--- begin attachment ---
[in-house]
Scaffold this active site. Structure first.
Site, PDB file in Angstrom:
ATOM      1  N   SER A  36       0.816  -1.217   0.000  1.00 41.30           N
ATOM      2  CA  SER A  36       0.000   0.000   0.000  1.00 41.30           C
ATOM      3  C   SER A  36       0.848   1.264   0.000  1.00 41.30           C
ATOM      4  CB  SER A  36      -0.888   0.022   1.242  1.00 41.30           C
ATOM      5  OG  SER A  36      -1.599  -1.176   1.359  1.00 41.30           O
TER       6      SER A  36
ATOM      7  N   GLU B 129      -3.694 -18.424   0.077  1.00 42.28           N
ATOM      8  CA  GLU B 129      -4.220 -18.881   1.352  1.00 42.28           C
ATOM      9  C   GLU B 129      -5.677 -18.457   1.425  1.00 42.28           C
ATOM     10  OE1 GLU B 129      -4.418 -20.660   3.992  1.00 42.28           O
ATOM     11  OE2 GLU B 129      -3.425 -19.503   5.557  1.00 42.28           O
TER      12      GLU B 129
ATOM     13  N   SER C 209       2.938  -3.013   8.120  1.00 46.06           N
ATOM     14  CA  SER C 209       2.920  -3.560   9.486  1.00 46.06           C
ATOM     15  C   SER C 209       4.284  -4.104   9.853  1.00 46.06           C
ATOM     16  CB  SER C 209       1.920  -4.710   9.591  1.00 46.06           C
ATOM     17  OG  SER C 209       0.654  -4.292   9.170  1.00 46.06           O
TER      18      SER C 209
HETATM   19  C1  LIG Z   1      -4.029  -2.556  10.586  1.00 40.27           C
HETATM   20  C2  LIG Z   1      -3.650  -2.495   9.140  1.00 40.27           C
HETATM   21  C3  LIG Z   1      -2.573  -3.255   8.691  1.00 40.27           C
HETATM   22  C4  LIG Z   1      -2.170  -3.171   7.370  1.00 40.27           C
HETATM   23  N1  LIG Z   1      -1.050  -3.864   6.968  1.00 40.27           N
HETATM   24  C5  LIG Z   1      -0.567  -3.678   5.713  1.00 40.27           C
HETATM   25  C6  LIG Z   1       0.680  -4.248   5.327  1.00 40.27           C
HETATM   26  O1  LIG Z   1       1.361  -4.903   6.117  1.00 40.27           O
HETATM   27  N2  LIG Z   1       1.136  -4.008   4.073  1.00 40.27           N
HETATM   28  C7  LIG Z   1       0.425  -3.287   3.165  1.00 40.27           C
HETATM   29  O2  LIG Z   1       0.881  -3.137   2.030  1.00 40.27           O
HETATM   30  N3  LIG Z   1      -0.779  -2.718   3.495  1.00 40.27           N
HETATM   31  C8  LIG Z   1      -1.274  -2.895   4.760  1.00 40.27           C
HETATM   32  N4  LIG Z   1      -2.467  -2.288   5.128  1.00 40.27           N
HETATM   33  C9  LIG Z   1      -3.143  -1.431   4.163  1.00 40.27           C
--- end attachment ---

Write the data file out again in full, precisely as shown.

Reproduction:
[in-house]
Scaffold this active site. Structure first.
Site, PDB file in Angstrom:
ATOM      1  N   SER A  36       0.816  -1.217   0.000  1.00 41.30           N
ATOM      2  CA  SER A  36       0.000   0.000   0.000  1.00 41.30           C
ATOM      3  C   SER A  36       0.848   1.264   0.000  1.00 41.30           C
ATOM      4  CB  SER A  36      -0.888   0.022   1.242  1.00 41.30           C
ATOM      5  OG  SER A  36      -1.599  -1.176   1.359  1.00 41.30           O
TER       6      SER A  36
ATOM      7  N   GLU B 129      -3.694 -18.424   0.077  1.00 42.28           N
ATOM      8  CA  GLU B 129      -4.220 -18.881   1.352  1.00 42.28           C
ATOM      9  C   GLU B 129      -5.677 -18.457   1.425  1.00 42.28           C
ATOM     10  OE1 GLU B 129      -4.418 -20.660   3.992  1.00 42.28           O
ATOM     11  OE2 GLU B 129      -3.425 -19.503   5.557  1.00 42.28           O
TER      12      GLU B 129
ATOM     13  N   SER C 209       2.938  -3.013   8.120  1.00 46.06           N
ATOM     14  CA  SER C 209       2.920  -3.560   9.486  1.00 46.06           C
ATOM     15  C   SER C 209       4.284  -4.104   9.853  1.00 46.06           C
ATOM     16  CB  SER C 209       1.920  -4.710   9.591  1.00 46.06           C
ATOM     17  OG  SER C 209       0.654  -4.292   9.170  1.00 46.06           O
TER      18      SER C 209
HETATM   19  C1  LIG Z   1      -4.029  -2.556  10.586  1.00 40.27           C
HETATM   20  C2  LIG Z   1      -3.650  -2.495   9.140  1.00 40.27           C
HETATM   21  C3  LIG Z   1      -2.573  -3.255   8.691  1.00 40.27           C
HETATM   22  C4  LIG Z   1      -2.170  -3.171   7.370  1.00 40.27           C
HETATM   23  N1  LIG Z   1      -1.050  -3.864   6.968  1.00 40.27           N
HETATM   24  C5  LIG Z   1      -0.567  -3.678   5.713  1.00 40.27           C
HETATM   25  C6  LIG Z   1       0.680  -4.248   5.327  1.00 40.27           C
HETATM   26  O1  LIG Z   1       1.361  -4.903   6.117  1.00 40.27           O
HETATM   27  N2  LIG Z   1       1.136  -4.008   4.073  1.00 40.27           N
HETATM   28  C7  LIG Z   1       0.425  -3.287   3.165  1.00 40.27           C
HETATM   29  O2  LIG Z   1       0.881  -3.137   2.030  1.00 40.27           O
HETATM   30  N3  LIG Z   1      -0.779  -2.718   3.495  1.00 40.27           N
HETATM   31  C8  LIG Z   1      -1.274  -2.895   4.760  1.00 40.27           C
HETATM   32  N4  LIG Z   1      -2.467  -2.288   5.128  1.00 40.27           N
HETATM   33  C9  LIG Z   1      -3.143  -1.431   4.163  1.00 40.27           C